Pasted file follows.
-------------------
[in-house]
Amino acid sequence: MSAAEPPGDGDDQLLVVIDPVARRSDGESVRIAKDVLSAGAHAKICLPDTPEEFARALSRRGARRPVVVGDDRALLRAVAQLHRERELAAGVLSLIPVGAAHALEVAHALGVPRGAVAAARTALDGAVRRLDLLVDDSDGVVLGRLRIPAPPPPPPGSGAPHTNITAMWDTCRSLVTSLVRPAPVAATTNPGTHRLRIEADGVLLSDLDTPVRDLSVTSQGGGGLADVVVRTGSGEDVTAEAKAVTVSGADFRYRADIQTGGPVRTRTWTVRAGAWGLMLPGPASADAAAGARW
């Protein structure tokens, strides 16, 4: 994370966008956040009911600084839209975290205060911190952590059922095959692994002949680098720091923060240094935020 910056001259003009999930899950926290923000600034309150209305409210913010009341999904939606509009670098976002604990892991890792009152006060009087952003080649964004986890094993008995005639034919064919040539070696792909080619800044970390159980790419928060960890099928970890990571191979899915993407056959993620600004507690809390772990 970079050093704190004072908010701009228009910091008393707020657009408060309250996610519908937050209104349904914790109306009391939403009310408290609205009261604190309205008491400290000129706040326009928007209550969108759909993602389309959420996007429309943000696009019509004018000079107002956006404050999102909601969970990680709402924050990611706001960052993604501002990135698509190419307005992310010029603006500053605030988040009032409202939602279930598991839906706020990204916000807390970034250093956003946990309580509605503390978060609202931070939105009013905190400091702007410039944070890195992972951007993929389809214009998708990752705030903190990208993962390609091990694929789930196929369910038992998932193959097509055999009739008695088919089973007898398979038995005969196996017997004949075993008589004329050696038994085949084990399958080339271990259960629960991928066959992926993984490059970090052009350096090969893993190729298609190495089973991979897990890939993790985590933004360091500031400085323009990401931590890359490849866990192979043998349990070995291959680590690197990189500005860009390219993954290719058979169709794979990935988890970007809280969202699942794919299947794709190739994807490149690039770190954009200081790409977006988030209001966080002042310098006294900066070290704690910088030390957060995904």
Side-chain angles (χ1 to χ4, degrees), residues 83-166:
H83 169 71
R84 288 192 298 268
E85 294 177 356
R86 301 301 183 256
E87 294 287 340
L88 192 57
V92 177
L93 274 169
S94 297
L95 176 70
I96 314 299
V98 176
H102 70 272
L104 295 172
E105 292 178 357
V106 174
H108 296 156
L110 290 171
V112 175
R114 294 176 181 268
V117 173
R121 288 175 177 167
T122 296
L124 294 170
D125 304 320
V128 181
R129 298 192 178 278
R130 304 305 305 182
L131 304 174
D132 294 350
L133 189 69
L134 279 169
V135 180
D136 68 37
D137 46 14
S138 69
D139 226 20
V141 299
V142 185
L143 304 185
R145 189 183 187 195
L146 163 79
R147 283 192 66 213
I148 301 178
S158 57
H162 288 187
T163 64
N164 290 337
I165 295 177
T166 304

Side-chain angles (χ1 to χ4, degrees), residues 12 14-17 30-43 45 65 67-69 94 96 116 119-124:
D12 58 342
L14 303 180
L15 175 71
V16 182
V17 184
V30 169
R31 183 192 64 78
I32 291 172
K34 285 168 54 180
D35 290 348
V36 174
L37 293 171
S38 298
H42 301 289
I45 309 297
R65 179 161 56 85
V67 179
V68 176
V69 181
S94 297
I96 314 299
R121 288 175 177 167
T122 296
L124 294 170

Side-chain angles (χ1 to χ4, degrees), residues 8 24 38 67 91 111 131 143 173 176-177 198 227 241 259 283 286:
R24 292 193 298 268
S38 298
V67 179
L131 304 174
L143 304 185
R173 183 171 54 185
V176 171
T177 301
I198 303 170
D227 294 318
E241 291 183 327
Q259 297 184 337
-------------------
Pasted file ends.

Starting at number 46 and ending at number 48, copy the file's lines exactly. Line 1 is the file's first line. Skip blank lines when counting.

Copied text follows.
L146 163 79
R147 283 192 66 213
I148 301 178